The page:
I remember sitting in the pews at this time of year when I was young, listening to the minister talk about Lent approaching and asking each of us to start considering what we would give up this year as an offering. This fast, which is customary during this 40-day period, mirrored Jesus’ fast in the desert. The intention behind the practice is that, by bringing one into a sense of radical communion with God, a fast would remove a barrier and allow everything to come back.
We should give up something meaningful. It was meant to be something that carried such a presence in your life that you would notice its absence. It was to be understood as an obstacle between you and all that was holy. And since I was 12 (and I may or may not have really understood the concept here), I opted to give up sweets.
The struggle was real. The importance of sweets in my life was heavy; his absence was noted at every waking moment. But was I closer to the sacred after excluding something from my life? Not that I noticed. Perhaps it was my brilliant solution to consume cookies instead of candy, but I think there was also something about the way I approached the season – carrying the idea that I would make myself more worthy, purer or more loved by excluding something from my life. .
This concept – that we somehow become pure through exclusion – has a strong resonance. It can play on our insecurities and drag our self-worth beneath the surface. It might give those of us with the power to exclude another excuse to do so. It can lead us to create and hold an image of purity and perfection as the only image the divine can bless and indwell. And then what happens to everything we delete?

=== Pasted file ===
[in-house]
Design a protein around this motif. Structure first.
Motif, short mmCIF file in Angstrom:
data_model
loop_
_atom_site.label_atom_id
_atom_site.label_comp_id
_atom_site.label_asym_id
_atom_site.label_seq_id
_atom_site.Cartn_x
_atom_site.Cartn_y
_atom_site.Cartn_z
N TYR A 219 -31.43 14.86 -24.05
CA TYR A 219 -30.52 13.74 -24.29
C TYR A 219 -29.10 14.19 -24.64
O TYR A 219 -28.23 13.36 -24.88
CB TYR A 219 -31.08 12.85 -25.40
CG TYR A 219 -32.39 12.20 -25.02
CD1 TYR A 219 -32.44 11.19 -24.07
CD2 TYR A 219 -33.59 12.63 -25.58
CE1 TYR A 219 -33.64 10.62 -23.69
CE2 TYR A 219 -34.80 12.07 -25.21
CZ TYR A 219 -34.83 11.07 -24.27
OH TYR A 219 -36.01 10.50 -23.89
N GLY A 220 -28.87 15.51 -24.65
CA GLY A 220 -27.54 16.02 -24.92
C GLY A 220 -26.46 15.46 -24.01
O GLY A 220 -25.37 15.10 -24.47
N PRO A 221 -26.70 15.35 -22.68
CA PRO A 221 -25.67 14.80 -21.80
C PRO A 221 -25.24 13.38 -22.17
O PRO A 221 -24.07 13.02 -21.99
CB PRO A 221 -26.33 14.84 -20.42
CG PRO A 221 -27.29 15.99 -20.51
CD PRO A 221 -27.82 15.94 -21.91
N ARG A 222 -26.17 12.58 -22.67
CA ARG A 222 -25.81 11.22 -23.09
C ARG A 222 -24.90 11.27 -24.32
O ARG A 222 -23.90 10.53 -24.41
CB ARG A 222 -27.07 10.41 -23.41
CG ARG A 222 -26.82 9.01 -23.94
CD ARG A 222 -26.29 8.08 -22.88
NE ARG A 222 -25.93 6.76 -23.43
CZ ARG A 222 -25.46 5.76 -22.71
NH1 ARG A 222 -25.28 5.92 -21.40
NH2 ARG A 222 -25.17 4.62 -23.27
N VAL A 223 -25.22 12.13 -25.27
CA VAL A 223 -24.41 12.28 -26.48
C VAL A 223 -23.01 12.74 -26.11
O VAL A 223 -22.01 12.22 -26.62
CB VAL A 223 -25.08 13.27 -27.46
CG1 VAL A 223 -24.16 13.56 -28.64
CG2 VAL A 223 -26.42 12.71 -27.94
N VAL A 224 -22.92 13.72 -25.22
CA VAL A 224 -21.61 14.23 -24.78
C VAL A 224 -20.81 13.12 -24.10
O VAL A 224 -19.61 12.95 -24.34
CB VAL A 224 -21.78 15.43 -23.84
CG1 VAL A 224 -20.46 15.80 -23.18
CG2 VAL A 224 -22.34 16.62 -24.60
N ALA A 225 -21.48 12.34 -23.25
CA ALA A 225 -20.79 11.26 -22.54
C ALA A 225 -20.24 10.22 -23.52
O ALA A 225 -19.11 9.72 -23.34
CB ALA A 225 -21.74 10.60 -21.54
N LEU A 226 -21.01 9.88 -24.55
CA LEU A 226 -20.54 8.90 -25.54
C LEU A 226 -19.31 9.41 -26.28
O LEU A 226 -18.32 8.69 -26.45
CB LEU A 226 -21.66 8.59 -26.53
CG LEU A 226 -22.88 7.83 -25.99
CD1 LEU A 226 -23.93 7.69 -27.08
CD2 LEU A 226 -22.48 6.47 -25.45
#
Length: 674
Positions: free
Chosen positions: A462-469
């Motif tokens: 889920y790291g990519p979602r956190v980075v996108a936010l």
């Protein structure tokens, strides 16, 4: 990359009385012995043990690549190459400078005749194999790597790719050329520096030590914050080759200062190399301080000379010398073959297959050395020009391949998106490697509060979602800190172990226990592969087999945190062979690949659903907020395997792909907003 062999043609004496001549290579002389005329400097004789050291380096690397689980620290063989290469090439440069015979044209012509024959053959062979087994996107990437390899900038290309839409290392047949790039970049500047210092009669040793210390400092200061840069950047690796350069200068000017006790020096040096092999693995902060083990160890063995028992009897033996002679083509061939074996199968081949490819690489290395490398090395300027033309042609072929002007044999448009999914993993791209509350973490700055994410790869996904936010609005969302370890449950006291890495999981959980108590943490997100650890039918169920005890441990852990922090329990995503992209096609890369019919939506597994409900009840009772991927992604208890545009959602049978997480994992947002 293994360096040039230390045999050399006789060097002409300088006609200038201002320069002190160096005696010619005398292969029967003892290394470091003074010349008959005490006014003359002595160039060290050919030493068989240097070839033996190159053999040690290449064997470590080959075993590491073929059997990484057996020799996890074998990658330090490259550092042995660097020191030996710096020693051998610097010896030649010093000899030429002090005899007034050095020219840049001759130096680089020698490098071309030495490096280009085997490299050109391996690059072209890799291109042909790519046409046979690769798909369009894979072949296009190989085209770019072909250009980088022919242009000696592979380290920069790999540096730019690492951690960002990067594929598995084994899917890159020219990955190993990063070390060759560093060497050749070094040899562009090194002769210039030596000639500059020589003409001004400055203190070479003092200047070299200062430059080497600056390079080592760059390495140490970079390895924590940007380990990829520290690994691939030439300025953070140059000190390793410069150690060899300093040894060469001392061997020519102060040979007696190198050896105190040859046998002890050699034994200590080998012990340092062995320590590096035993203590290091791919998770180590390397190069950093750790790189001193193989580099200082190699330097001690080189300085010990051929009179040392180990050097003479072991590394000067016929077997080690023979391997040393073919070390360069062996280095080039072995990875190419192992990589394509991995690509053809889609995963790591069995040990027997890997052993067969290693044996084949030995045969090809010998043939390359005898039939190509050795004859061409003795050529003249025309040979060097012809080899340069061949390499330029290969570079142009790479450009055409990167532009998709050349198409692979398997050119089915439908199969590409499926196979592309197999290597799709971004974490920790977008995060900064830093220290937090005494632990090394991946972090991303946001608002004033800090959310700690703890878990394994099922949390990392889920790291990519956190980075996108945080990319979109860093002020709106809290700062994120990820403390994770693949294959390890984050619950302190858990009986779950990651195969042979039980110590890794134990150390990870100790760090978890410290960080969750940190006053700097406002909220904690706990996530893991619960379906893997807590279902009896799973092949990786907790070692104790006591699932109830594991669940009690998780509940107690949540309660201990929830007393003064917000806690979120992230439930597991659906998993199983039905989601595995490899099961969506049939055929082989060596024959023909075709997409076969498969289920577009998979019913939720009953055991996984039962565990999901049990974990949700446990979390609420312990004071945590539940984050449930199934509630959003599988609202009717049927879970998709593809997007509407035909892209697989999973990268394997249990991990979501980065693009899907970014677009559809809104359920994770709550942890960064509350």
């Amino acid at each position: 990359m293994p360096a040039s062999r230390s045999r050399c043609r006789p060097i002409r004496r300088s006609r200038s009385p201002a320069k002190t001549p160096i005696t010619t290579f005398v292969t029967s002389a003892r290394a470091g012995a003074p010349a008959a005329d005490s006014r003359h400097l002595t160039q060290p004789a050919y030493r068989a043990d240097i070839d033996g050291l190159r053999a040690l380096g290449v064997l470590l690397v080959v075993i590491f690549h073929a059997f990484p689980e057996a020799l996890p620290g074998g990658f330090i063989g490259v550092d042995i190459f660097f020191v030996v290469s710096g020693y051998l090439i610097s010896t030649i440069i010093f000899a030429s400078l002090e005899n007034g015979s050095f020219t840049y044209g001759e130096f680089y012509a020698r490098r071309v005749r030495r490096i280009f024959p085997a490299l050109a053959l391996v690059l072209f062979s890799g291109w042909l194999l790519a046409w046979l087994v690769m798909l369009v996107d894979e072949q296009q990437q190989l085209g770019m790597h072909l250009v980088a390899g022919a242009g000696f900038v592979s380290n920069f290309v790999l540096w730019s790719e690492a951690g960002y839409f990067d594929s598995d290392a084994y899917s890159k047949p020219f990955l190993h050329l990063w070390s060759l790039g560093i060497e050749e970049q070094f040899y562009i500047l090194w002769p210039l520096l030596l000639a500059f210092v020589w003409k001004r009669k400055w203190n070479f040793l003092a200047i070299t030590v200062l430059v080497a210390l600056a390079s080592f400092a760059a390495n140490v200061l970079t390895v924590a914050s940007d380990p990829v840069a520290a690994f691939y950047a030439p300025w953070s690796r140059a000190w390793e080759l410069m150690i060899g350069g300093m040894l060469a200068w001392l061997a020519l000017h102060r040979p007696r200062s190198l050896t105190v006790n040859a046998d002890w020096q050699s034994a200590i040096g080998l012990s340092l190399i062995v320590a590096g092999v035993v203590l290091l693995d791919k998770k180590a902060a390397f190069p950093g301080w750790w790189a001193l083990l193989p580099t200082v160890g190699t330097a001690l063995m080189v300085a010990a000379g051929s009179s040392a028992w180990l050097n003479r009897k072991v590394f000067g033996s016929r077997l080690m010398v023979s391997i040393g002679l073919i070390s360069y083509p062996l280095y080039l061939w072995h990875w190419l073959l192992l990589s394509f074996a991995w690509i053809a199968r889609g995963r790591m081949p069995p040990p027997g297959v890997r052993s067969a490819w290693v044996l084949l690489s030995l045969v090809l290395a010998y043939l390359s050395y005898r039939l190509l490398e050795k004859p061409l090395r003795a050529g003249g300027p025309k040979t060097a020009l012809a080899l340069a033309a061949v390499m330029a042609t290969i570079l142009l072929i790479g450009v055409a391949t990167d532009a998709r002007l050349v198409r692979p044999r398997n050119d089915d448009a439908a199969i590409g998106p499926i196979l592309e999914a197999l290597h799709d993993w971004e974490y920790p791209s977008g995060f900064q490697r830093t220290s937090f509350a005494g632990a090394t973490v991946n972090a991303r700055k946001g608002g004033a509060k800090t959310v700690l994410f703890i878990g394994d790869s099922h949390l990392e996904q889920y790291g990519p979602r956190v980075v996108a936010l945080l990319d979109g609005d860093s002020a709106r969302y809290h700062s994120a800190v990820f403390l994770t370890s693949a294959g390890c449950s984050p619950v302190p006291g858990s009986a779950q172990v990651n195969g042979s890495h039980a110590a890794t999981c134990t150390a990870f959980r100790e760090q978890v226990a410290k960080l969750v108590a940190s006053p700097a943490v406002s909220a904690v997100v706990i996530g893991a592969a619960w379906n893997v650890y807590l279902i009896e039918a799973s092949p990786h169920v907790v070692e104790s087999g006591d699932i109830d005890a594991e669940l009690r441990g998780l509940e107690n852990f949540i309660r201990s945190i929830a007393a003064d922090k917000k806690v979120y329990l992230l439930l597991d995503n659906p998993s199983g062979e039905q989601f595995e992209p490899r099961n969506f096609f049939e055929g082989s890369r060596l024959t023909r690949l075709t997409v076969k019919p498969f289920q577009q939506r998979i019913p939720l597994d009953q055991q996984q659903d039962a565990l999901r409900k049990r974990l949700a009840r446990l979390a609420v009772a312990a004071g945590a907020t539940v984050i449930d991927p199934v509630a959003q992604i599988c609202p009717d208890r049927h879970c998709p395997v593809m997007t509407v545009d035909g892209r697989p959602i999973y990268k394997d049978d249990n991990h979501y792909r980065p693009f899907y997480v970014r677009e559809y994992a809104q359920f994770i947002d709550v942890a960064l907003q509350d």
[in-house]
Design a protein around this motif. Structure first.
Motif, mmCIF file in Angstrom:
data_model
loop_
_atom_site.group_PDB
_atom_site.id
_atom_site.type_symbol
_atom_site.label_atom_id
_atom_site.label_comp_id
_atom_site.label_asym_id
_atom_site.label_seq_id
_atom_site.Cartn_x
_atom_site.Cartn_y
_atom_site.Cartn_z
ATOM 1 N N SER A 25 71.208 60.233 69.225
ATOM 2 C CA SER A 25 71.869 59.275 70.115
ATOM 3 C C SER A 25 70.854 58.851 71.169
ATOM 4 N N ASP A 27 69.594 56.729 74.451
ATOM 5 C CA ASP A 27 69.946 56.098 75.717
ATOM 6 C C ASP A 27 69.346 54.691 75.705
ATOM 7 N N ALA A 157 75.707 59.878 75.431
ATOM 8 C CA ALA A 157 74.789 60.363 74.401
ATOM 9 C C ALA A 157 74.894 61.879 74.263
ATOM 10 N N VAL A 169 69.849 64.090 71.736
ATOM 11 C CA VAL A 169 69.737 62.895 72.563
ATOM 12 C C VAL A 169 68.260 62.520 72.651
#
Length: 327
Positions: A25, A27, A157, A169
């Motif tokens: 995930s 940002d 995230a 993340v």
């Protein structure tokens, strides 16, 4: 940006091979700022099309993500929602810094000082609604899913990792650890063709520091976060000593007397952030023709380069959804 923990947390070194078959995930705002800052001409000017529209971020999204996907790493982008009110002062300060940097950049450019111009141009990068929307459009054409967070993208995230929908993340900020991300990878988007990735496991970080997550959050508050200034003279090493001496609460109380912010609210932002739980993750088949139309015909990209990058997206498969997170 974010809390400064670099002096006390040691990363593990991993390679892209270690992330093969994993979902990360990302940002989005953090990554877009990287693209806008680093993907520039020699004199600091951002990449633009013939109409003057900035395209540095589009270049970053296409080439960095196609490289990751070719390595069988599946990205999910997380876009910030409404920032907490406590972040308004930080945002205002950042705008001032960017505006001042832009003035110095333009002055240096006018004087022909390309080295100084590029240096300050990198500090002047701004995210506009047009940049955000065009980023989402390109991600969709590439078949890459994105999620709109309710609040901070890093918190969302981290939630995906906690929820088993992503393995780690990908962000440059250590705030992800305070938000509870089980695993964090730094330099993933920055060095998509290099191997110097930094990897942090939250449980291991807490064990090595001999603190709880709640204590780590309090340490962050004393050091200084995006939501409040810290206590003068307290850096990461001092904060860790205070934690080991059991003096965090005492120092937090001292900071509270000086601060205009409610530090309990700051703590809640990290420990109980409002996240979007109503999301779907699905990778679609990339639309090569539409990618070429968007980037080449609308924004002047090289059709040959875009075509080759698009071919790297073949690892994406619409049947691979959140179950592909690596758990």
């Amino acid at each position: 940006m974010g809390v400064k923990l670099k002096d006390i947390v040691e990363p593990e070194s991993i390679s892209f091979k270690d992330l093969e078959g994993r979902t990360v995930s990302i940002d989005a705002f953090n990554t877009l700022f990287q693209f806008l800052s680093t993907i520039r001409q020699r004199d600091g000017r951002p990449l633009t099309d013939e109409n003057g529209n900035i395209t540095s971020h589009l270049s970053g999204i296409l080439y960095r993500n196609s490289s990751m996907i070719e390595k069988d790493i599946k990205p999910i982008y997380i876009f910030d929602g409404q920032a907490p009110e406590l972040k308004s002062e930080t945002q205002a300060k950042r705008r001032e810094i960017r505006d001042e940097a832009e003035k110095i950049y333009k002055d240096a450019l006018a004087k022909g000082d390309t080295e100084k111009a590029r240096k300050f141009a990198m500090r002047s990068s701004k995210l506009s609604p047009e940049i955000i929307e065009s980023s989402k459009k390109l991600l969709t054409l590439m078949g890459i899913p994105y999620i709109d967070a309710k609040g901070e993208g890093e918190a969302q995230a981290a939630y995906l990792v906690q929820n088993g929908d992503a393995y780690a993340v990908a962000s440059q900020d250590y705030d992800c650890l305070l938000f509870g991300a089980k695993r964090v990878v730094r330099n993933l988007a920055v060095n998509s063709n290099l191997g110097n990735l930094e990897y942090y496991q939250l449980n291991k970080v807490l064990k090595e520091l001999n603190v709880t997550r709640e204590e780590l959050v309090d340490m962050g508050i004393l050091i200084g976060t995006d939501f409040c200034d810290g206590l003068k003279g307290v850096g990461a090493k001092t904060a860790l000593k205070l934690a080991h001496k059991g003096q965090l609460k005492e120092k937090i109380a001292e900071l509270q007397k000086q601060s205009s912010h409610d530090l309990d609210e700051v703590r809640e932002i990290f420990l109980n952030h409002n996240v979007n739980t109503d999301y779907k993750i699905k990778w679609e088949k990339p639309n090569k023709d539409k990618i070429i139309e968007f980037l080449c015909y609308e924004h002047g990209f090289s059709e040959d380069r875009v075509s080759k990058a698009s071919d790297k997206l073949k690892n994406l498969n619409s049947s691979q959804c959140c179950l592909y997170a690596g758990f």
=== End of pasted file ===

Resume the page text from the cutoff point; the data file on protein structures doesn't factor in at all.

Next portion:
This concept is at play within religious communities and within our religiously inspired and non-religiously inspired political cultures. Anything that has meaning to someone can be selected as what is to be excluded. Anything can be identified as an obstacle between us and all that is holy, or become the dividing matter between “us” and “them”. It can be (and really has been) something as trivial as candy. The concept has a strong resonance.
If purity were obtained by exclusion, perhaps the story of Christ could best be completed in the wilderness. How else can one become holier? To what other end does this idea lead? The story does not end in the desert, but continues in relationship with all, particularly those who have been excluded by power – finding, reflecting divine dignity, healing, serving and uniting. That’s how the story goes, and there’s something here that might resonate and stay with us even longer than the other.
Whether or not you participate in the season of Lent, know that you are loved and worthy just as you are.
If you have genuine community or have been excluded by priests, congregations or politicians, know that you belong.
Let us honor the practices that invite and lead us to see the virtues and goodness of each other and of all our communities.
This article originally appeared on Record-Courier: Make Lent About Building Relationships, Not Giving Up Something